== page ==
Here I absolutely disagree. Given prevailing assumptions about female heterosexuality, it's assumed that this kind of behavior is a great big joke. A play on male sexuality. Think 'I'm a Samantha!' uttered, inevitably, by a woman who's only ever slept with her husband-to-be, and even that for her is a chore. The hollering is not presumed to be about women actually being turned on by good-looking men, let alone (horrors!) two or more of them making out. Whereas at a strip club, presumably, it's assumed that men would, physiologically, want to sleep with the strippers. It's presumed to be sincere.

*A bar in Princeton bans anyone wearing a hoodie - make of that what you will.

PG said...

And it's always entering dangerous territory to say 'group X acts like so' at bars.

Sure, but that's actually why I'd find it more problematic for the strip clubs to deny all women admission, rather than saying that women on a party are not allowed. It's much easier administratively to say at the outset "X events that tend to degenerate into inappropriate behavior are simply not allowed," than to try to expel the inappropriately-behaved (who often do not depart easily and quietly) once they have started misbehaving and annoying the regulars.

I don't think I've ever been to a gay-oriented strip club, but the one time I went to a strip club featuring male performers that was oriented toward female viewers (near the Galleria, if you ever need to kill time in Houston), they were not making out with each other. It was massively cooler than most strip clubs oriented toward straight men, not just for the obvious reason that I'd think that as a straight woman, but also because it was more burlesque style. (In a sexy way, not in a "dude I don't need your junk 'comedically' shoved in my face" Tigger way.)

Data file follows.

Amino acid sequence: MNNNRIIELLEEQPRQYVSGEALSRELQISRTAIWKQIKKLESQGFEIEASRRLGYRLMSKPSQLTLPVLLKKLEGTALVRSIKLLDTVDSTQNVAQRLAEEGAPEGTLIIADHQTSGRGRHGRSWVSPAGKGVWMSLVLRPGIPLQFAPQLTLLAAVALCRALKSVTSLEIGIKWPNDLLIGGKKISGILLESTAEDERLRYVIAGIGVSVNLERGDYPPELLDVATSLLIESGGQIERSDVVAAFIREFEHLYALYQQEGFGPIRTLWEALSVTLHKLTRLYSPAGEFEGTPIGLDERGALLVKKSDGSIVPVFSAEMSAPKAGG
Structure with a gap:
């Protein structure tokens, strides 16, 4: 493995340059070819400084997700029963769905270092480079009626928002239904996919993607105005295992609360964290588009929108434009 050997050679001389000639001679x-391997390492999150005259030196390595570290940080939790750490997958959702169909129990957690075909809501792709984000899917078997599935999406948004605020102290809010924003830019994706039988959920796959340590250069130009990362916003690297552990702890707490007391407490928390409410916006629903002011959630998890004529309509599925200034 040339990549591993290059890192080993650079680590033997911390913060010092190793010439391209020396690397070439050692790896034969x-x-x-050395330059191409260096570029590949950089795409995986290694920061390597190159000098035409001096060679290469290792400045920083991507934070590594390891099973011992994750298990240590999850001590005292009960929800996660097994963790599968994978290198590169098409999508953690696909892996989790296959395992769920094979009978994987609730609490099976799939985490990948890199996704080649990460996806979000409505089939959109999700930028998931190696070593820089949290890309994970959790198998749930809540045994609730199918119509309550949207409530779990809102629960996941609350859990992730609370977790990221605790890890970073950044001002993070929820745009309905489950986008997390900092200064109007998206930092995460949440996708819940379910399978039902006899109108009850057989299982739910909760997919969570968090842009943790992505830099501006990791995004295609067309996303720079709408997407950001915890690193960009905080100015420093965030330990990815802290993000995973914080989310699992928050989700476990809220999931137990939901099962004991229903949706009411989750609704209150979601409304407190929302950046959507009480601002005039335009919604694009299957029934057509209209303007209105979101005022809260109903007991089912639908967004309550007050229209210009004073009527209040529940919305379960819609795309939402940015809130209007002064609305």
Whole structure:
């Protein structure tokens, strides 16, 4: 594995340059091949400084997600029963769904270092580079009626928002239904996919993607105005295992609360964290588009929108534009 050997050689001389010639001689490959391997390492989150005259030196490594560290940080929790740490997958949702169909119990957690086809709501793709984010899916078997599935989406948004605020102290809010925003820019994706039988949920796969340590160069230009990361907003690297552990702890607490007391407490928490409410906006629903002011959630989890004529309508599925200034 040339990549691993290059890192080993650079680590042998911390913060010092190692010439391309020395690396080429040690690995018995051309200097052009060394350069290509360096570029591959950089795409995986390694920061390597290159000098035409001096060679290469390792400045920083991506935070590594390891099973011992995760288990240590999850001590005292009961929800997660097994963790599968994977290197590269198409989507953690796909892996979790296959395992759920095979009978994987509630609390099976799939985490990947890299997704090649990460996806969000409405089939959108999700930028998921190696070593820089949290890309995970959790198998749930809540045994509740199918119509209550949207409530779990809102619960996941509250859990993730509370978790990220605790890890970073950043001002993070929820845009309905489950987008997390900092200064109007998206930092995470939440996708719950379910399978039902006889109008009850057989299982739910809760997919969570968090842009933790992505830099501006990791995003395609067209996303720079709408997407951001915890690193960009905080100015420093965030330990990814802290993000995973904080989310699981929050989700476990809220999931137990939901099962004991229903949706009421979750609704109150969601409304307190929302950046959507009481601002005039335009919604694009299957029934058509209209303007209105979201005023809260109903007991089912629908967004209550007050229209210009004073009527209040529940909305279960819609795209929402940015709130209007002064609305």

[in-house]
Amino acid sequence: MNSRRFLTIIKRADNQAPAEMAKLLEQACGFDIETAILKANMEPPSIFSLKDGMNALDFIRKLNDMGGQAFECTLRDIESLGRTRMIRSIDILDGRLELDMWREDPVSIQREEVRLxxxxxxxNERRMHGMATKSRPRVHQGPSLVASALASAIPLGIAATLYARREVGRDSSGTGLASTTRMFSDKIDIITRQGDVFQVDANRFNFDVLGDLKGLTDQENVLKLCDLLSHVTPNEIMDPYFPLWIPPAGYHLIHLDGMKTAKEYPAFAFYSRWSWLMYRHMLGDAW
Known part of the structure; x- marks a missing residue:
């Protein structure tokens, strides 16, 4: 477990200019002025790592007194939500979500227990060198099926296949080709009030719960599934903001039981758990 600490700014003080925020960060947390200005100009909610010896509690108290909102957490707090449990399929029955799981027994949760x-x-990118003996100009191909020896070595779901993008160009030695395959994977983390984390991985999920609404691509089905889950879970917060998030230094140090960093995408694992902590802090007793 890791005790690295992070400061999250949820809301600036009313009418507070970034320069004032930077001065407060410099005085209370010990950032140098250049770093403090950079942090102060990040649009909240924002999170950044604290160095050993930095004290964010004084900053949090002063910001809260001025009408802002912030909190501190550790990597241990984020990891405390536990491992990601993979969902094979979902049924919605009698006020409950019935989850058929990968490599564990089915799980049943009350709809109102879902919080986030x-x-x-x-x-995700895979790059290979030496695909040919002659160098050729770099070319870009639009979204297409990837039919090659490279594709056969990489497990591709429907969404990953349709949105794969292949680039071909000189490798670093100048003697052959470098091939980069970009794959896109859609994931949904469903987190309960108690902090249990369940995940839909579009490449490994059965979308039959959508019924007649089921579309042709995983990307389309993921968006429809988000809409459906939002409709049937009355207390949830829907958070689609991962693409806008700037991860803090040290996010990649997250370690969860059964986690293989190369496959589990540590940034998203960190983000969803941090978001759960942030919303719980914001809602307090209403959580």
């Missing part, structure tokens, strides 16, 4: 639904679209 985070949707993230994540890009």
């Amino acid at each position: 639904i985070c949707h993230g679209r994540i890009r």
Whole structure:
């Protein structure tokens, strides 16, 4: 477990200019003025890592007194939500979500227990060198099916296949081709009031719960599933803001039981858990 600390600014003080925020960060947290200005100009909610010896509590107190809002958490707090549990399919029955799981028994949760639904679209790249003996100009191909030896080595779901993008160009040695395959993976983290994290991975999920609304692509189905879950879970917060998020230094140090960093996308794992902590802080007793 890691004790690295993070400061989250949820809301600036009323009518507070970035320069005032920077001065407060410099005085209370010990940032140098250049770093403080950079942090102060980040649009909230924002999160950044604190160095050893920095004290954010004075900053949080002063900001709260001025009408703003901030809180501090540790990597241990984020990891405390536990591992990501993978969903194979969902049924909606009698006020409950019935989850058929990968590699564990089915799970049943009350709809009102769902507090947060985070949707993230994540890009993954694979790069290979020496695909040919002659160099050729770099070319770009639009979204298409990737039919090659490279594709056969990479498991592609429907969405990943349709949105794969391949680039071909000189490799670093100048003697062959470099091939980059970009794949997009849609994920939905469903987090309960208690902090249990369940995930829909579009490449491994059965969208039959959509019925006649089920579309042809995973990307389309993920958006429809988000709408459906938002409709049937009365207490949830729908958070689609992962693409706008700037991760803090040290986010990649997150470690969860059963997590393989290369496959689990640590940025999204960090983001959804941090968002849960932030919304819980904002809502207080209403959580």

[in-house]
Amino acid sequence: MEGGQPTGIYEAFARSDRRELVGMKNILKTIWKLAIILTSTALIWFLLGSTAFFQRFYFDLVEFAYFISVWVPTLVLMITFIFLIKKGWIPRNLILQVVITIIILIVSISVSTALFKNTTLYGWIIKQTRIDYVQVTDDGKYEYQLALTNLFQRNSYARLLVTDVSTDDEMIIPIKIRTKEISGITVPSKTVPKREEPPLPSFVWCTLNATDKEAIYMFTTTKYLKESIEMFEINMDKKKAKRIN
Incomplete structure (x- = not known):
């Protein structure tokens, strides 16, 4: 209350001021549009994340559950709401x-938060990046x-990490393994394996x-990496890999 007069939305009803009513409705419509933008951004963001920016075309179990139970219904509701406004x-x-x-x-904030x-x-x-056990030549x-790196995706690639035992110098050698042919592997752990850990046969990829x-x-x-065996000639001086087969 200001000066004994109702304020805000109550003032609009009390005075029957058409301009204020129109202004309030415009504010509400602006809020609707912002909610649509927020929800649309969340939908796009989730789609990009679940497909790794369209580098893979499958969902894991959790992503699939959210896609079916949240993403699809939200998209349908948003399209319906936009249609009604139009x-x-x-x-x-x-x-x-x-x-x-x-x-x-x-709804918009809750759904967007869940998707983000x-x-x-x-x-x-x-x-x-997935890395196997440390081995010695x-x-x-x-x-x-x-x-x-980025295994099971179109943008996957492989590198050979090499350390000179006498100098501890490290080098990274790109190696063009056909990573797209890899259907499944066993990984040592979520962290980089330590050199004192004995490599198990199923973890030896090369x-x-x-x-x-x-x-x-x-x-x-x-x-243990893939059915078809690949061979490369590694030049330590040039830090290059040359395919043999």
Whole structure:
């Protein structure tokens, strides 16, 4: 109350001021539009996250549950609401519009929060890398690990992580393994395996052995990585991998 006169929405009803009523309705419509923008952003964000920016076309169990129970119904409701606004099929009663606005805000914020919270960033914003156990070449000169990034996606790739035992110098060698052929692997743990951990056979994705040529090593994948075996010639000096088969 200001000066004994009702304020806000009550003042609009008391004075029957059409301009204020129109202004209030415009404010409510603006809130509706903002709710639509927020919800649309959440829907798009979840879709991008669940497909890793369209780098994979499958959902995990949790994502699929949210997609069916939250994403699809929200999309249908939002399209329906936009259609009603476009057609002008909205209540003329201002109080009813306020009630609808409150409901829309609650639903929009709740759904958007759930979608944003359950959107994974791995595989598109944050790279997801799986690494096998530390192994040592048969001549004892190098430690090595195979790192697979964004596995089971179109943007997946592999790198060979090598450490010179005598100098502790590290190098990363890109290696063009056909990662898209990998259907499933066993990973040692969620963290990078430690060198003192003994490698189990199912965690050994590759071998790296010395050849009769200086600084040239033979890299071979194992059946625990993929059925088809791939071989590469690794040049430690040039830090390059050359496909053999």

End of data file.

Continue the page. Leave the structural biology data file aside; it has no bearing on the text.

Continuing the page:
Although I think it would be a bit odd to justify a ban on the basis of women's tendency to use the men's room if the women's room is occupied, unless this particular men's room was known to serve another purpose than toilets.

I think it bothered the regulars to have women in their restroom. Keep in mind, at least as it was described in DC strip clubs, a lot of the clientele are not hot young things (who presumably are more likely going to gay bars and dance clubs), but older men out on what would otherwise be a fairly lonely night. I don't think it denies the marginalization of women to say that they have a set of social options that were historically not available to that generation of gay men.

A play on male sexuality.

Is it supposed to be a play on male sexuality as enacted in public spaces like construction sites, or on male sexuality as enacted in het-male-oriented strip clubs? Because if the latter, it's very far off base. Decent strip clubs (i.e. the only kind I've ever been in) have strong rules against touching or harassing the women who work there, and a guy who was yelling at the performers would be seen by other patrons as gauche.

Phoebe said...